4.   Harvard University


Harvard isn’t just a top university in the United States for academics; it also brings the eye appeal come wintertime. With the architecture in authentic, High Victorian Gothic style, you’ll feel like you’ve been transported back in time.

5.   Northwestern University


Chicago winters are known to be anything but beautiful, but Northwestern makes the most out of it by lighting tree after tree along their lakefront campus. All season long, it adds a sparkle to student’s days and makes trekking around the mile-long campus from comfy dorm to night classes much more bearable!

6.   Vassar College


You may think of Vassar and the rest of Upper New York as good for only the changing leaves, but the small campus has much to offer students when temps drop. Vassar’s Gothic style and huge mixture of mature trees are great to get lost in during a winter walk.

7.   Yale University


Sure, Yale has great architecture and plenty of gorgeous pathways to oogle over, but it’s the art that keeps you coming back. With so many beautiful pieces to look at, you can’t miss the statues covered in a blanket of snow.

8.   Dartmouth College


Upon visiting, former President Dwight Eisenhower said, “This is what a college is supposed to look like.” He should have come back in the winter to see just how amazing it can be. Added bonus, Dartmouth’s annual snow and ice sculpture competition at its Winter Carnival makes the cold something to celebrate.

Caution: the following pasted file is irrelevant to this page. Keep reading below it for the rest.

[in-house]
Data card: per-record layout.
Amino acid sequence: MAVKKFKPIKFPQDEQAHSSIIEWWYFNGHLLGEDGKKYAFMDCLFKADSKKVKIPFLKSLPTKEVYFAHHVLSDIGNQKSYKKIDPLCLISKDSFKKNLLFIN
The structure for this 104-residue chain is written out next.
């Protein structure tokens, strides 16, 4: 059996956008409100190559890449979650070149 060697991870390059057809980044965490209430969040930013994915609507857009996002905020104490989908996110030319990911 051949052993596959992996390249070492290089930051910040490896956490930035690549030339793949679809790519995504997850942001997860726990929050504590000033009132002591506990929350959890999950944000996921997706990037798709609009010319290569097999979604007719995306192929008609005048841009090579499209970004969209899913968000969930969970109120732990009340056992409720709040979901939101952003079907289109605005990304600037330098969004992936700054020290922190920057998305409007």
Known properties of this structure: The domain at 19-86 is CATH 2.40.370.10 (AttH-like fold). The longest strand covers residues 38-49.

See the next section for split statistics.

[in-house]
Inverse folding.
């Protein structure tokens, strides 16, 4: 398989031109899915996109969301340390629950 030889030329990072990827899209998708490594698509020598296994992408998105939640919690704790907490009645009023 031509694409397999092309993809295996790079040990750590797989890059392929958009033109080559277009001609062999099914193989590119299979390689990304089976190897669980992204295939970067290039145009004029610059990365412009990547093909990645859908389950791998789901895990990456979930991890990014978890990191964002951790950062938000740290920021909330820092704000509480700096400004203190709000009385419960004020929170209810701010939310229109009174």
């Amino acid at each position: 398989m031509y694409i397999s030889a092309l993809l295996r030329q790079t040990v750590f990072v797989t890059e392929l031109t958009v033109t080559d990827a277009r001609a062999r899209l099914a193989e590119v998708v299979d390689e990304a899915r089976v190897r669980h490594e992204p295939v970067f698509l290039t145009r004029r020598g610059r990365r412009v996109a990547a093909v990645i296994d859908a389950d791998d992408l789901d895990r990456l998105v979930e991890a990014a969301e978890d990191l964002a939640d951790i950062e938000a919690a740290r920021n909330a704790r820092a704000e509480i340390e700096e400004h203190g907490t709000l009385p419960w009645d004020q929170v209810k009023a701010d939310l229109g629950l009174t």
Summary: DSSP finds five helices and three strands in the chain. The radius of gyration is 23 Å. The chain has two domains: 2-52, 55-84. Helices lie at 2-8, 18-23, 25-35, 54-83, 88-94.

9.   Boston College


Boston College is what winter dreams are made of. The founders of that traditional college architecture every student thinks of, their buildings, especially Gasson Hall and bell tower, are more picturesque come winter when everything is covered in white and grays. The huge grounds give something for everyone, including expansive green spaces, brick pathways, and sculptures covered in snow.

Benefits of Living on a Suburban College Campus


From cornfields and haystacks to tall buildings and busy streets, there are nearly limitless types of college campuses for you to choose from. But if you have a hard time choosing between city life and small-town living, you may want to consider a suburban college campus. Many suburbs offer the amenities of an urban area with the seclusion and tight-knit feel of a smaller or rural town. Here are benefits the suburbs offer those seeking a balance between the two.